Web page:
Nigeria’s central bank is planning to issue licenses to more payment providers, aiming to “improve the country’s financial-inclusion rate to 80% by the end of next year from about 60%,” Bloomberg reports.

Central Bank of Nigeria Governor Godwin Emefiele spoke in Abuja last week, promising the new licenses “will help support innovation and competition as all parties work to increase their customer base.”

“Nigerians in underserved locations will have access to cost effective payment services, cash-in and cash-out facilities, and savings products,” he said.

Nigerian regulators’ efforts come after a number of big tech companies like Facebook unveiled projects targeting the underbanked around the world, simultaneously raising questions about those projects’ odds of success.

So far in 2019, 15 super-agent licenses and three payment service bank licenses were issued in an effort to foster financial inclusion in the banking sector, the governor said.

“These measures are aiding in the development of a robust payment infrastructure and an expansion of agent locations across the country,” Emefiele said. “As a result of our policy measures, in 2019, over $400 million have been invested in fintech companies, focused on supporting improved payment services in Nigeria.”

It’s not just the central bank’s measures that are luring both PE and VC investors — the country’s fintech startups are attracting a significant portion of the continent’s overall investments.  

In 2018, $306 million was invested in Nigerian startups, a 167% increase from a year before, according to French venture capital firm Partech.

Nigeria’s fintech investors include Partech and Michael Seibel of Y Combinator.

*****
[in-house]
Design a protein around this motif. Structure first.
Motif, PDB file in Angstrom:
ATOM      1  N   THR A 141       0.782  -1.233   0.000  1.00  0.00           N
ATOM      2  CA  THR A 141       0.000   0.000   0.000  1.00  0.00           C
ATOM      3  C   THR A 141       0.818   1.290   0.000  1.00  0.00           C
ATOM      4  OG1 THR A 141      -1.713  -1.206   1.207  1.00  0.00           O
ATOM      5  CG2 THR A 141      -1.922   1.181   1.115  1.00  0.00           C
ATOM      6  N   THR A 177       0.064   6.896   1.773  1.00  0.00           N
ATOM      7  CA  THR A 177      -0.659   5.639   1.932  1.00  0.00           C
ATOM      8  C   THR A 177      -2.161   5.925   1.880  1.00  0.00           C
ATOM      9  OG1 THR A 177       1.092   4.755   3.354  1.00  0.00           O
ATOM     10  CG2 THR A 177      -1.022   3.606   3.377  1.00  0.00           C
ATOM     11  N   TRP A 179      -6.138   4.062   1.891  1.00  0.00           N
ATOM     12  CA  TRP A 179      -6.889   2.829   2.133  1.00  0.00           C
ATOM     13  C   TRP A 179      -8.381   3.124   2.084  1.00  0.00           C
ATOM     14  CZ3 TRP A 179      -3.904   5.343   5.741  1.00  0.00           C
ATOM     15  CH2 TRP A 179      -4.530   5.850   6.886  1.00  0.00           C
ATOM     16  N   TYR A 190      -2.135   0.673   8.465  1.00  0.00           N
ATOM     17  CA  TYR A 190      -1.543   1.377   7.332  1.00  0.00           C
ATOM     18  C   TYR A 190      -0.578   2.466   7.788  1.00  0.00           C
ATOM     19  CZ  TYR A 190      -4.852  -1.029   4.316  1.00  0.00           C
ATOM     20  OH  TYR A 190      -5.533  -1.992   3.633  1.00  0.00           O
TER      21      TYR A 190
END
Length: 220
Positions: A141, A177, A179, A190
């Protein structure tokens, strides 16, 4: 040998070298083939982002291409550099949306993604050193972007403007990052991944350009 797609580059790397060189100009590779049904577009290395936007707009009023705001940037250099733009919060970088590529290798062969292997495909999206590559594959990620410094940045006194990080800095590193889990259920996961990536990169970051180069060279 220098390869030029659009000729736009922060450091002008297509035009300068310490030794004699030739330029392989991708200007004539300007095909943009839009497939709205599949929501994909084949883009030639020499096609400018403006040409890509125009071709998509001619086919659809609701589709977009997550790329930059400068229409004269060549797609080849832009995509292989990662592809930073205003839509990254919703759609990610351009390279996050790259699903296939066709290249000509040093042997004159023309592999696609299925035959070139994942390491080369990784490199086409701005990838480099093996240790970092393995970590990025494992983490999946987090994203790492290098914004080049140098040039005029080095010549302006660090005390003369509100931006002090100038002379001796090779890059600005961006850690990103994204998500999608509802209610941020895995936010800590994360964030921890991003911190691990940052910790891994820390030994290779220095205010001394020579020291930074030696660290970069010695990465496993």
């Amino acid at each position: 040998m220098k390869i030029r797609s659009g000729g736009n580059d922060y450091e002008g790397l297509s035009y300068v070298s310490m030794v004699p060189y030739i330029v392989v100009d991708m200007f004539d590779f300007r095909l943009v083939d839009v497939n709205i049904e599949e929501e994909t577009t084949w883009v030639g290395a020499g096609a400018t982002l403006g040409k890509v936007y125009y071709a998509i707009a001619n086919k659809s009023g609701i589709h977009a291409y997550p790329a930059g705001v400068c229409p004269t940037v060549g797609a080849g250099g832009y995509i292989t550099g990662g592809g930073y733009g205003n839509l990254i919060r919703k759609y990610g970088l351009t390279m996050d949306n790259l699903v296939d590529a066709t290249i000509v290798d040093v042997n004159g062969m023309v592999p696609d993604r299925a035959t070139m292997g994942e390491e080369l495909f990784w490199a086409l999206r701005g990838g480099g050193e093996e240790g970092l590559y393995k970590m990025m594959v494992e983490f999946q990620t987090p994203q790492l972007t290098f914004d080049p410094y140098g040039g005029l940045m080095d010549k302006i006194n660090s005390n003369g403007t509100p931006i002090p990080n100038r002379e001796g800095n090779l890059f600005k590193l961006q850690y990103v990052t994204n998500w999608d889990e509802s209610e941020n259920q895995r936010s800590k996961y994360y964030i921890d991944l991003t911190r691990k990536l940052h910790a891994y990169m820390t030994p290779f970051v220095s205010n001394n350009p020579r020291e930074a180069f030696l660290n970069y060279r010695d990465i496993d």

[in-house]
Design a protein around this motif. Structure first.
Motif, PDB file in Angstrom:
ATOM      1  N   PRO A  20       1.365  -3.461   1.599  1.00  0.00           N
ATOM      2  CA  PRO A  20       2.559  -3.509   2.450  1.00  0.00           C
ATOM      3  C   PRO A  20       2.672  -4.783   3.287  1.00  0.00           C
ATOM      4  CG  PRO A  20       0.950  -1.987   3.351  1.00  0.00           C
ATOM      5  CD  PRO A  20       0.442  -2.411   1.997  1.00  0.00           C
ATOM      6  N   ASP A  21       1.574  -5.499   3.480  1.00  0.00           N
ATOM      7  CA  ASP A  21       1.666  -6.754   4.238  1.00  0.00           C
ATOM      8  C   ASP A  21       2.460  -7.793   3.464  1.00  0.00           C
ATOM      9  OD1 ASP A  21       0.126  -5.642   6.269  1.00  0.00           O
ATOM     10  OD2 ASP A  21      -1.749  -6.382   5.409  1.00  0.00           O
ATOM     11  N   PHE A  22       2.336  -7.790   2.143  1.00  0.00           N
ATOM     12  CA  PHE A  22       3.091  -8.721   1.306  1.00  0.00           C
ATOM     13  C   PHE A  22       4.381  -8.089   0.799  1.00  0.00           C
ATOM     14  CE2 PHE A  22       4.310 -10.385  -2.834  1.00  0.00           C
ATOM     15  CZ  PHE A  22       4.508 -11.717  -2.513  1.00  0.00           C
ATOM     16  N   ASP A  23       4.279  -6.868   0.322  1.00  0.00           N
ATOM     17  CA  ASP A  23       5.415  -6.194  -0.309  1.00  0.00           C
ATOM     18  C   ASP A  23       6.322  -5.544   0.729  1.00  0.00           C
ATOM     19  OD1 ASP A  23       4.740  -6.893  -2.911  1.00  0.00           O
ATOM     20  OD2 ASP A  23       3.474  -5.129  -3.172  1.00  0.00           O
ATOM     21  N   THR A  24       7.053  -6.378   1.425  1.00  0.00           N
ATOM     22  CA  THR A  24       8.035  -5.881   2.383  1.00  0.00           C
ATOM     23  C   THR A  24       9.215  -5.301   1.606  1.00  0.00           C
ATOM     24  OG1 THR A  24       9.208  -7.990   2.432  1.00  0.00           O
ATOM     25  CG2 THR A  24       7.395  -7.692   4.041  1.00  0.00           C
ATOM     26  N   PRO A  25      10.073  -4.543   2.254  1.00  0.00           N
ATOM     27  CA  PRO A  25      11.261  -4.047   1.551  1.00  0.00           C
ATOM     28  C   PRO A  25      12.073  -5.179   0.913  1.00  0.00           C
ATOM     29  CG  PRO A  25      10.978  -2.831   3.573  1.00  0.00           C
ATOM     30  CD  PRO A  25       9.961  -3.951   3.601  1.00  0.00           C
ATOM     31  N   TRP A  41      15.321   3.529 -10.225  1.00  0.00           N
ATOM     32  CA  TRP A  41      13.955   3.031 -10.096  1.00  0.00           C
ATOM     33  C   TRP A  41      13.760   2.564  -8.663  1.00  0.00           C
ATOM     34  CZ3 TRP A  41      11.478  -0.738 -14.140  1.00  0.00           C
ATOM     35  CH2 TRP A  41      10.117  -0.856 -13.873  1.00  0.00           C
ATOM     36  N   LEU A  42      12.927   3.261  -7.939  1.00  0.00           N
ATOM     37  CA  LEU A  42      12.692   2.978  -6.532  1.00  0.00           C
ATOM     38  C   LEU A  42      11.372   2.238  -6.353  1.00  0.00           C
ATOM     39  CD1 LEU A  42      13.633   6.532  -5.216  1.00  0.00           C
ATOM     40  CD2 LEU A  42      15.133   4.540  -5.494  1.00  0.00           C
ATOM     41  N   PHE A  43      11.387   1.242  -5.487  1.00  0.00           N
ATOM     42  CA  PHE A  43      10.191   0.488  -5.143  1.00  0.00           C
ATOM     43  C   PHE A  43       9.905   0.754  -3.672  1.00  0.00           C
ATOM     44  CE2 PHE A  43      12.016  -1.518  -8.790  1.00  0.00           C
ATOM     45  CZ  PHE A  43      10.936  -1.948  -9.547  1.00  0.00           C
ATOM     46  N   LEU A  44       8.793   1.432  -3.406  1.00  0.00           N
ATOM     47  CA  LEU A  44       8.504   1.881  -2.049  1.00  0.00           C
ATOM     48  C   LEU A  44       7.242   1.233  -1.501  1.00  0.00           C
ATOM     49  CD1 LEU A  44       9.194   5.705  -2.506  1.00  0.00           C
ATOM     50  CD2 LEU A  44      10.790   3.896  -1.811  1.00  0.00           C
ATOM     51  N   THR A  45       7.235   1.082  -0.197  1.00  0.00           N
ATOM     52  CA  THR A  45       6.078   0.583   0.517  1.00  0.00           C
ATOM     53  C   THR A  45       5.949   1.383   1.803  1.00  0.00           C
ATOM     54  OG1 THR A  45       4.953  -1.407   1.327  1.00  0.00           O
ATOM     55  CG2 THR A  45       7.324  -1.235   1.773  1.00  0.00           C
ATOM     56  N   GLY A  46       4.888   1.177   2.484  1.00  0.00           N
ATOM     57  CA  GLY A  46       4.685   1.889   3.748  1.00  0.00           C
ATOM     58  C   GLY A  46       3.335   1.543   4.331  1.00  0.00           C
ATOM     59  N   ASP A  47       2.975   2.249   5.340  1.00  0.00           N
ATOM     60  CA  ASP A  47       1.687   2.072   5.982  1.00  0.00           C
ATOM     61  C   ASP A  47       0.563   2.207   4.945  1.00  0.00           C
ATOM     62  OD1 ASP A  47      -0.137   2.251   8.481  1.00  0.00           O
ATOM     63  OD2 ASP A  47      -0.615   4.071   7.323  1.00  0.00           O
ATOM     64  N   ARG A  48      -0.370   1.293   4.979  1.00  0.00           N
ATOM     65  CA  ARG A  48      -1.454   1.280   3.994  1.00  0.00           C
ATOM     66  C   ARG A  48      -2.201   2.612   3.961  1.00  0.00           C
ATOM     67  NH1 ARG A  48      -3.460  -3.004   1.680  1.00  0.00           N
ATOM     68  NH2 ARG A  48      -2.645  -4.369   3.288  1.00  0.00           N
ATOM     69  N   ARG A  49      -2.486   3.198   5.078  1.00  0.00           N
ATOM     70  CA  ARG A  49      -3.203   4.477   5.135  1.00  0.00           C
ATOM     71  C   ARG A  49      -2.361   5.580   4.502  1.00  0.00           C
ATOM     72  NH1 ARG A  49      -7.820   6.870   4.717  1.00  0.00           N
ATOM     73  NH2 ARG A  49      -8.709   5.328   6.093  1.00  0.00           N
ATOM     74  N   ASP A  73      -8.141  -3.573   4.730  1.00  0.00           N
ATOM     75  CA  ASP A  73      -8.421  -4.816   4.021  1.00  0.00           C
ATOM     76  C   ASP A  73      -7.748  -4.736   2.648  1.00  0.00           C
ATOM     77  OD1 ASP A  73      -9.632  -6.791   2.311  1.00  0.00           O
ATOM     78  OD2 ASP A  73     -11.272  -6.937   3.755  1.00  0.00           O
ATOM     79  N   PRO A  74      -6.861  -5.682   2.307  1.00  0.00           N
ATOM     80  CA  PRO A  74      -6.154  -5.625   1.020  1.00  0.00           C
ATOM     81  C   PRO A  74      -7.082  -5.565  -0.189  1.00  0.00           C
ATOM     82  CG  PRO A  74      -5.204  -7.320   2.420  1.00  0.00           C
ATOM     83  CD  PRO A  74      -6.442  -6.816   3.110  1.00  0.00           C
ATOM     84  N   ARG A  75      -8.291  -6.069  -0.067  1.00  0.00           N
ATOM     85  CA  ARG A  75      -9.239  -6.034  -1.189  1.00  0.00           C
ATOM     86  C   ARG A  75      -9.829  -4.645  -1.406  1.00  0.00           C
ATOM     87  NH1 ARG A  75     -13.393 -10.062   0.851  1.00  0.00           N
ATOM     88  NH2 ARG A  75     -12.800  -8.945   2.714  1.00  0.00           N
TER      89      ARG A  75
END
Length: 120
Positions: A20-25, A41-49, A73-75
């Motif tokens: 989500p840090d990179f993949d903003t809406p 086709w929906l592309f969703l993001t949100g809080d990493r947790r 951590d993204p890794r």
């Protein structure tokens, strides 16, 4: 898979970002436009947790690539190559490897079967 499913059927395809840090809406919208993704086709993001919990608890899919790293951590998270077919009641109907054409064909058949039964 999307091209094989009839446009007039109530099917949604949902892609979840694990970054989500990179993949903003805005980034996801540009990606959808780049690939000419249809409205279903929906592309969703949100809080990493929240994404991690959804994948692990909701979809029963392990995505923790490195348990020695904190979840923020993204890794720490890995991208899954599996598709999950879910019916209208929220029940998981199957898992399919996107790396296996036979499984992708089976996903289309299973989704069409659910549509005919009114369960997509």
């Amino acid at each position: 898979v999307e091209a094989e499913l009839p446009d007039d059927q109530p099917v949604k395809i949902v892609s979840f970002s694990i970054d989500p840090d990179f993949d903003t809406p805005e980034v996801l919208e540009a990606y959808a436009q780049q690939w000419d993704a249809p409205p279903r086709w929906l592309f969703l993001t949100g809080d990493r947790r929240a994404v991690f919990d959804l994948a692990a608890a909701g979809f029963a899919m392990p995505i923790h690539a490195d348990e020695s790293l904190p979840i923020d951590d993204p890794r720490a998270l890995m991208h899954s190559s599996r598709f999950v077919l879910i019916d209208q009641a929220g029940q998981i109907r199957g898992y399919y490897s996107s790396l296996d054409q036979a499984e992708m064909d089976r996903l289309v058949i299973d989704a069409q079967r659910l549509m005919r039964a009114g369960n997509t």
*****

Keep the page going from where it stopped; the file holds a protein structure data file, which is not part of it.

“More and more digital players are enabling startups to serve the segment — (this is) why fintech exploded in Africa. This is one of the reasons that VC has a much larger pool to play with now than the traditional private equity space,” Tidjane Deme, Partech Ventures’ Senegal-based general partner, told Karma earlier this year. “We’re seeing them come in into smaller tickets and into the tech space, trying to find interesting opportunities.”

Partech invested in Kudi, a Nigerian fintech startup, in April. The company’s mission is to “make financial services accessible and affordable for all Africans.” Kudi’s goal is to “enable underbanked and unbanked Africans access basic financial services like money transfers, bill payments and cash withdrawals through their agent network.” 

The opportunity is huge: in Nigeria alone, 80% of the population still rely on cash payments.

Deme noted that Nigerian fintech startups like Kudi are well-positioned for expansion and view Africa as a whole as their target market, not just Nigeria. 

It’s clear that Nigeria’s fintech startups are dreaming big, with or without their central bank’s help.